Subnautica is a mash-up of different games that ought not to work. It’s an undersea exploration game, something that is rarely done well. It’s a survival game, something that’s gone out of style recently. Somehow, though, the combination of the two has managed to become something more than the sum of its parts. The purpose of this Subnautica review is to take a look at why the game works, from an overview of the storyline and game play to a hard look at the game’s pros and cons.
If you are going to assign Subnautica a genre, it’s probably survival. It’s a genre that has ranged wildly over the course of the last few years, encompassing family-friendly fare like Minecraft as well as more extreme games like Rust.
Subnautica Shifts the Survival Genre in a New Direction
Subnautica takes the genre in a different direction, though. The game isolates the player against an incredibly hostile terrain. This is a game that makes even the simple act of breathing something of a survival challenge, as it well should. After all, this is a game about surviving in the most alien atmosphere of all – the deep, dark ocean.
Simply put, Subnautica stands out because of its setting. This Subnautica review will consistently come back to how different the underwater setting makes this game feel, especially compared to its genre contemporaries. Games that place the player under the ocean have traditionally fallen prey to some major challenges. However, Subnautica has managed to become something all of its own.
Subnautica Main Storyline
Alien doesn’t always mean outer space. While Subnautica might start you off in a traditional sci-fi setting, it puts you in a place that’s far more alien than any purple-skied world.
It places you deep beneath an alien ocean, in a place where the usual rules of survival don’t quite count. The space around you is hostile, yet you must push forward. You’re not the first person to come here by a long shot. However, you may well be the first person to survive the experience.
That’s the story of Subnautica, a game that reveals its mysteries in short bursts. In this Subnautica review, we were at turns sure we knew where the game was going and totally baffled by what came next. This is a game like almost no other, one that will require you to use your brain and ignore most of what you’ve learned in other games.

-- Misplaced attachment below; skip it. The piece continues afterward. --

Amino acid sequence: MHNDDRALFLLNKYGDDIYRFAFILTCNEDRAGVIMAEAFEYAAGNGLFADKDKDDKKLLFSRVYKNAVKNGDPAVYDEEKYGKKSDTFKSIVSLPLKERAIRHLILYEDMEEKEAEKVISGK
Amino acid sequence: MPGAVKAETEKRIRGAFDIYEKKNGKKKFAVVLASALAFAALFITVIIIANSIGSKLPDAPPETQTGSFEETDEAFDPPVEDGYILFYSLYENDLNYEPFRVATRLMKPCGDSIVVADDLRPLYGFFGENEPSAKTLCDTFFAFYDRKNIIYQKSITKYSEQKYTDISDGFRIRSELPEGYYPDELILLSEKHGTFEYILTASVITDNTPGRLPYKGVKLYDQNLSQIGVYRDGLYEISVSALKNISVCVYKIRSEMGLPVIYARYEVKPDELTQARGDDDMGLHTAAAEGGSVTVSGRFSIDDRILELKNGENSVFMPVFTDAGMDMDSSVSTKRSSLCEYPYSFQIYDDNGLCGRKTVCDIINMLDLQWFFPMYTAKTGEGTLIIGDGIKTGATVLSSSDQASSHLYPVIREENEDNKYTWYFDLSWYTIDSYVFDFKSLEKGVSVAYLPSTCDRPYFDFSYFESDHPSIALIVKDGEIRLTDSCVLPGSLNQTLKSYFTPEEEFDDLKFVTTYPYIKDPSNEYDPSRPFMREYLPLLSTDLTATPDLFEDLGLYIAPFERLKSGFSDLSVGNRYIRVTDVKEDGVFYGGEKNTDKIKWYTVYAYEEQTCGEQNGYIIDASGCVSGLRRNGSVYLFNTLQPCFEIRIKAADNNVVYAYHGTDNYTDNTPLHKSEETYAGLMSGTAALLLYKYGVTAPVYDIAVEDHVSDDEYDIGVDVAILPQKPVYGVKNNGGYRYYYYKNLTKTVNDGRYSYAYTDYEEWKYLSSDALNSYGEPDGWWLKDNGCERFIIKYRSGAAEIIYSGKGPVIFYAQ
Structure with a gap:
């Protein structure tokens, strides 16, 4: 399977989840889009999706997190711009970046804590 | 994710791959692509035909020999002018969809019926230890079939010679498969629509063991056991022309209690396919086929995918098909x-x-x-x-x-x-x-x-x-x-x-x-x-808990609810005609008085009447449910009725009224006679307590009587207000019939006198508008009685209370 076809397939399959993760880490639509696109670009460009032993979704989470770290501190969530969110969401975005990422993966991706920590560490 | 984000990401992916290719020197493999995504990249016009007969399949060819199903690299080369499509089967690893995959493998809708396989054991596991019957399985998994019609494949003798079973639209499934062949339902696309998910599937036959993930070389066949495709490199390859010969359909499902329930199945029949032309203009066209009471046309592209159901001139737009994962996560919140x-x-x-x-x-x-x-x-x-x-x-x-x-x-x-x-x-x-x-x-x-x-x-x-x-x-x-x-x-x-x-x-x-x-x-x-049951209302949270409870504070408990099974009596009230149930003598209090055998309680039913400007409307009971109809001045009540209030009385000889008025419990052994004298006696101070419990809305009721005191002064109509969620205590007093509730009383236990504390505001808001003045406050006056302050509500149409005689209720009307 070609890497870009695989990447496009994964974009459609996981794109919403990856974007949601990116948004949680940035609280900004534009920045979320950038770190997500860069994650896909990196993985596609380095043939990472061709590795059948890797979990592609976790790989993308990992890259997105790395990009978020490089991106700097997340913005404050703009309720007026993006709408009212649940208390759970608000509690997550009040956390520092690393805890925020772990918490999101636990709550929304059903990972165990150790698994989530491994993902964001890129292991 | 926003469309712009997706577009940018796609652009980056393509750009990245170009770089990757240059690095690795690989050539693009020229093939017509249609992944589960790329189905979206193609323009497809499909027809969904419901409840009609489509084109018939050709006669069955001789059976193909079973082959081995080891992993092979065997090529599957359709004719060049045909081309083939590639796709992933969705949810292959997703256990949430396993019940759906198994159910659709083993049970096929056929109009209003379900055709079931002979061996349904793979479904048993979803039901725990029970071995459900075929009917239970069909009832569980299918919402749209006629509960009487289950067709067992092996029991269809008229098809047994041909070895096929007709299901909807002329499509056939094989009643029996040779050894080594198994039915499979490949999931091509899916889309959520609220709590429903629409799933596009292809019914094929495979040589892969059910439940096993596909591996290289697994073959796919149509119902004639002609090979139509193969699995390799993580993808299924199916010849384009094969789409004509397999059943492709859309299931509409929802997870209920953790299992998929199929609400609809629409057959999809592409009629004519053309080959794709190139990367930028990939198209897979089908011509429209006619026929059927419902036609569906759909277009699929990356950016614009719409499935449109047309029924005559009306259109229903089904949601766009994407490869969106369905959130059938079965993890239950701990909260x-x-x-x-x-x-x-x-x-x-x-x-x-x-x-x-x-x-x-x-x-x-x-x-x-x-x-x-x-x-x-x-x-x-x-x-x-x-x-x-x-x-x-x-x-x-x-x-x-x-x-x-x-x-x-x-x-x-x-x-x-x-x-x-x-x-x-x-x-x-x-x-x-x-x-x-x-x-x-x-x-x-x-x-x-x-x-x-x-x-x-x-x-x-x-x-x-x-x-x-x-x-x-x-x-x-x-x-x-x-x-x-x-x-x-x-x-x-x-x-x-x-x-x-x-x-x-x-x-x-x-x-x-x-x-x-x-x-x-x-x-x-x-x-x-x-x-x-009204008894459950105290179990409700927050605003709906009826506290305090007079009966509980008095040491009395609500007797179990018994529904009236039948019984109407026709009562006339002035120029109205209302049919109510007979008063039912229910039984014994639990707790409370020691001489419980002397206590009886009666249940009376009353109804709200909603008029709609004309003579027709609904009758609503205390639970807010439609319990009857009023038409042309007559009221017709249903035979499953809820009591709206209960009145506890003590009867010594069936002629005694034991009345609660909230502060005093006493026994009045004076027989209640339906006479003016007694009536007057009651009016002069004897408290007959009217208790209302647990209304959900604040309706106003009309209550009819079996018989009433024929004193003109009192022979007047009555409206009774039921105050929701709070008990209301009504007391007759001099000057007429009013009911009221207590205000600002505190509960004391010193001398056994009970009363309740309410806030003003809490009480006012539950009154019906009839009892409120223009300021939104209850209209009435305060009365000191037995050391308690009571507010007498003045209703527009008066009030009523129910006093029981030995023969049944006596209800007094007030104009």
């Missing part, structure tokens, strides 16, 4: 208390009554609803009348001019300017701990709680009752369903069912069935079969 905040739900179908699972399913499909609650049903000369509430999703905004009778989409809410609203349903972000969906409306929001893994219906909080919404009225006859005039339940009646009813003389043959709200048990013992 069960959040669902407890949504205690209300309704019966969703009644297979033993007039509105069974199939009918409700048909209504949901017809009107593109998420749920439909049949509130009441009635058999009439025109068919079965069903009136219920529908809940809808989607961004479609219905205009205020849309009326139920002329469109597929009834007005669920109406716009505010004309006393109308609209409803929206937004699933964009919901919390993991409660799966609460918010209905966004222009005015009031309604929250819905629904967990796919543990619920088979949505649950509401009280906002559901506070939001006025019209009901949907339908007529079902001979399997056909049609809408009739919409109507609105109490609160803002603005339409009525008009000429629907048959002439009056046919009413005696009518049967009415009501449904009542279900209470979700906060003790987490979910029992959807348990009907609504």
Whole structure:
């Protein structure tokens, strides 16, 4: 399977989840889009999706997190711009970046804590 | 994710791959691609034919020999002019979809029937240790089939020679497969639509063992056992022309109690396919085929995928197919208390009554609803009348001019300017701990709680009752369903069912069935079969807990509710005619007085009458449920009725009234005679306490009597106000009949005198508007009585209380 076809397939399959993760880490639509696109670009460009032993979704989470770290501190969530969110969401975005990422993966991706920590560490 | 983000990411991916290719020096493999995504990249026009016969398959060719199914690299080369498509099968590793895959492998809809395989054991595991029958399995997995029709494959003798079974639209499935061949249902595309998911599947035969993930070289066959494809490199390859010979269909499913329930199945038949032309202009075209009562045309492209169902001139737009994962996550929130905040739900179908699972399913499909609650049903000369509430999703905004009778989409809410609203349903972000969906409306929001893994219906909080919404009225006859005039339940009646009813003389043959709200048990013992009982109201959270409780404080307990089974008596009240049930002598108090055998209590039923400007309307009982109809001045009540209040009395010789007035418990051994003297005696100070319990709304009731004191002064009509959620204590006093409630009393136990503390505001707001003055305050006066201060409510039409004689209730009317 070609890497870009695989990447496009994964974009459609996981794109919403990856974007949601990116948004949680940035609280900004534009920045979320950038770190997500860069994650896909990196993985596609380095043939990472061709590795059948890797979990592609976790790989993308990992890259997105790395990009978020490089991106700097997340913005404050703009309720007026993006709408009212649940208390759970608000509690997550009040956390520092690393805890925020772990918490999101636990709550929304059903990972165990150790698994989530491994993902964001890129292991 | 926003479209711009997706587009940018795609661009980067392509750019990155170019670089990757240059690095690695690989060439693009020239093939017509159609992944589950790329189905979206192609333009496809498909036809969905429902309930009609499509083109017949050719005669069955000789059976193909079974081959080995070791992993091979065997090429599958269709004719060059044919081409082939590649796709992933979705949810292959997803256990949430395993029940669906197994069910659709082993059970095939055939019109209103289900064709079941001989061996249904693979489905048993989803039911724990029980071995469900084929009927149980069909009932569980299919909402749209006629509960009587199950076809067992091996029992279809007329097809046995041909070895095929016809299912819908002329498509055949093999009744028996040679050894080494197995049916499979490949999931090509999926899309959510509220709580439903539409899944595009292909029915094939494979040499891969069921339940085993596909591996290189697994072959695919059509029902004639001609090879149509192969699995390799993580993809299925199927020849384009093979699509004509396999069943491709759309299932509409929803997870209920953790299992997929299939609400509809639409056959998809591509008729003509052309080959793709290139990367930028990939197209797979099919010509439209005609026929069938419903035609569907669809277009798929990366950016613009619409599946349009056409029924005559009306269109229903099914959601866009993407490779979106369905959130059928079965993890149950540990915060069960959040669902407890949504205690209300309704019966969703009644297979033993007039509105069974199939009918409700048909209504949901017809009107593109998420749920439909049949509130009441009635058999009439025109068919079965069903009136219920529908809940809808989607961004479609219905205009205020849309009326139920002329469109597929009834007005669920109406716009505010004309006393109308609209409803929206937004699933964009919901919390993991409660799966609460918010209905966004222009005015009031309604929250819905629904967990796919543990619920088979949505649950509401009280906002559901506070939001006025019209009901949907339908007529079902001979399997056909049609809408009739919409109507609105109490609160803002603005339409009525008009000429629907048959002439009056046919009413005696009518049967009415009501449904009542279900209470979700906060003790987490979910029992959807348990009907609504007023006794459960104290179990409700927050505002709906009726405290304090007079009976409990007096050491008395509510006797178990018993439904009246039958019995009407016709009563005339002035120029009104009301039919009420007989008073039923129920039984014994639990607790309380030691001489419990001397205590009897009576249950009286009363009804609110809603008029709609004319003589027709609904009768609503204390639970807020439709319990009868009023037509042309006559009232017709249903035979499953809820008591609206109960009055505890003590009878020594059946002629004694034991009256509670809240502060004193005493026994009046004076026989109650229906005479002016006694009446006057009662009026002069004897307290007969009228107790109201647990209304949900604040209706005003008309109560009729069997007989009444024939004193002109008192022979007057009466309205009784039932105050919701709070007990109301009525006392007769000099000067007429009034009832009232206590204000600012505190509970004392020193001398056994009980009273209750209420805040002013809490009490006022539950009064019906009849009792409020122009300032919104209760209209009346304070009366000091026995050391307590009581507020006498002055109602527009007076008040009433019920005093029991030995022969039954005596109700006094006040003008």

Subnautica Gameplay at First Sight
This Subnautica review revealed a game that was almost as alien as its setting. In some ways, though, the alien nature of the game came from the fact that much of it was familiar. While we’re now used to exploring beautiful, alien worlds, we’re really not used to them trying to kill us literally every second. While meter management is a given in this type of game, throwing oxygen into the mix made it a totally different experience.
What really sets Subnautica apart from most of the survival genre is the fact that it has a real story. You’ll find yourself following a breadcrumb of trails across the ocean. Along your journey, you’ll build things to pass certain obstacles and improve your equipment in order to survive just a little bit longer. You will die from time to time, but it will more often be because of your ambition than because of the game’s world.
The Z-Axis Resets Your Sense of Direction
We found that the biggest challenge of this Subnautica review was the z-axis. Having three dimensions of movement isn’t something gamers are used to. We often found ourselves having to remember that things were above us. That plus the ever-ticking clock of our oxygen, made it impossible to forget that we were in an alien world.
Simply put, it was one of the best representations of being somewhere more different that there’s ever been put on the screen.